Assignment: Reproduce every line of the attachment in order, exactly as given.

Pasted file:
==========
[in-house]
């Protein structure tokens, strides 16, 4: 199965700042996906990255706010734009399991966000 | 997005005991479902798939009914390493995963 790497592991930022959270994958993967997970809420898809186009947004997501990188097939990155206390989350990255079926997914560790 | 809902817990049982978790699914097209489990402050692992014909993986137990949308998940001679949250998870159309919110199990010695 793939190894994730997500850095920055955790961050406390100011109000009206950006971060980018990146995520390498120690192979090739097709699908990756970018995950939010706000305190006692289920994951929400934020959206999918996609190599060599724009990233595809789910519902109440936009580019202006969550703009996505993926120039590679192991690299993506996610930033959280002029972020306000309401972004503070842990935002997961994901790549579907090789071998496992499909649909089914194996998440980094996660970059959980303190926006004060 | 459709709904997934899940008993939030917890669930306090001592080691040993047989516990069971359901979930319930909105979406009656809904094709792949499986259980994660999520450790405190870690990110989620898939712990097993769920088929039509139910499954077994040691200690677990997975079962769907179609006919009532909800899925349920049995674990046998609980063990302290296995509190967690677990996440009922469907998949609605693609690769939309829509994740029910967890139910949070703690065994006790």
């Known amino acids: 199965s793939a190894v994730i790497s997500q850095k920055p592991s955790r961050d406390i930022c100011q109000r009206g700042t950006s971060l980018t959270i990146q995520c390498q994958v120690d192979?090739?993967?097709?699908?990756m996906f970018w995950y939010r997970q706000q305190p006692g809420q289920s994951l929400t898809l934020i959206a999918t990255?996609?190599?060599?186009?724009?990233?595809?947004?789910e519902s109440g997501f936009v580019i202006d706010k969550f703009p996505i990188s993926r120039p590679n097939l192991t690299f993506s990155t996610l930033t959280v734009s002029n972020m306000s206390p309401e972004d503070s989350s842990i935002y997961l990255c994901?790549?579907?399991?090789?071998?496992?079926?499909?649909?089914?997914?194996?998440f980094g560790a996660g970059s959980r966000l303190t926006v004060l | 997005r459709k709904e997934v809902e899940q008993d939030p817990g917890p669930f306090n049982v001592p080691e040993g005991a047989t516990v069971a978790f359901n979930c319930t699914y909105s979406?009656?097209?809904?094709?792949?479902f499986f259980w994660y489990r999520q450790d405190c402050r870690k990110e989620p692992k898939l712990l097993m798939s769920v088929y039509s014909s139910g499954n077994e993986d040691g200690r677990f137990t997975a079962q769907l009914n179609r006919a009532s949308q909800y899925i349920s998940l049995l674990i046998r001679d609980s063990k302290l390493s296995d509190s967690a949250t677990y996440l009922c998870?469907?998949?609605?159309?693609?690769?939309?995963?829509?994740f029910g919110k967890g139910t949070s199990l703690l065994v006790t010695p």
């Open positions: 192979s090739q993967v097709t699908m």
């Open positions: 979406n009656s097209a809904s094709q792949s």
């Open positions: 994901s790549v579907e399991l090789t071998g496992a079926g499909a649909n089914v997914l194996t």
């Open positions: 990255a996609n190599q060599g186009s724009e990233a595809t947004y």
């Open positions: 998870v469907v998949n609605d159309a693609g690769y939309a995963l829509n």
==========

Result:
[in-house]
């Protein structure tokens, strides 16, 4: 199965700042996906990255706010734009399991966000 | 997005005991479902798939009914390493995963 790497592991930022959270994958993967997970809420898809186009947004997501990188097939990155206390989350990255079926997914560790 | 809902817990049982978790699914097209489990402050692992014909993986137990949308998940001679949250998870159309919110199990010695 793939190894994730997500850095920055955790961050406390100011109000009206950006971060980018990146995520390498120690192979090739097709699908990756970018995950939010706000305190006692289920994951929400934020959206999918996609190599060599724009990233595809789910519902109440936009580019202006969550703009996505993926120039590679192991690299993506996610930033959280002029972020306000309401972004503070842990935002997961994901790549579907090789071998496992499909649909089914194996998440980094996660970059959980303190926006004060 | 459709709904997934899940008993939030917890669930306090001592080691040993047989516990069971359901979930319930909105979406009656809904094709792949499986259980994660999520450790405190870690990110989620898939712990097993769920088929039509139910499954077994040691200690677990997975079962769907179609006919009532909800899925349920049995674990046998609980063990302290296995509190967690677990996440009922469907998949609605693609690769939309829509994740029910967890139910949070703690065994006790």
């Known amino acids: 199965s793939a190894v994730i790497s997500q850095k920055p592991s955790r961050d406390i930022c100011q109000r009206g700042t950006s971060l980018t959270i990146q995520c390498q994958v120690d192979?090739?993967?097709?699908?990756m996906f970018w995950y939010r997970q706000q305190p006692g809420q289920s994951l929400t898809l934020i959206a999918t990255?996609?190599?060599?186009?724009?990233?595809?947004?789910e519902s109440g997501f936009v580019i202006d706010k969550f703009p996505i990188s993926r120039p590679n097939l192991t690299f993506s990155t996610l930033t959280v734009s002029n972020m306000s206390p309401e972004d503070s989350s842990i935002y997961l990255c994901?790549?579907?399991?090789?071998?496992?079926?499909?649909?089914?997914?194996?998440f980094g560790a996660g970059s959980r966000l303190t926006v004060l | 997005r459709k709904e997934v809902e899940q008993d939030p817990g917890p669930f306090n049982v001592p080691e040993g005991a047989t516990v069971a978790f359901n979930c319930t699914y909105s979406?009656?097209?809904?094709?792949?479902f499986f259980w994660y489990r999520q450790d405190c402050r870690k990110e989620p692992k898939l712990l097993m798939s769920v088929y039509s014909s139910g499954n077994e993986d040691g200690r677990f137990t997975a079962q769907l009914n179609r006919a009532s949308q909800y899925i349920s998940l049995l674990i046998r001679d609980s063990k302290l390493s296995d509190s967690a949250t677990y996440l009922c998870?469907?998949?609605?159309?693609?690769?939309?995963?829509?994740f029910g919110k967890g139910t949070s199990l703690l065994v006790t010695p």
């Open positions: 192979s090739q993967v097709t699908m």
């Open positions: 979406n009656s097209a809904s094709q792949s």
């Open positions: 994901s790549v579907e399991l090789t071998g496992a079926g499909a649909n089914v997914l194996t």
């Open positions: 990255a996609n190599q060599g186009s724009e990233a595809t947004y």
């Open positions: 998870v469907v998949n609605d159309a693609g690769y939309a995963l829509n």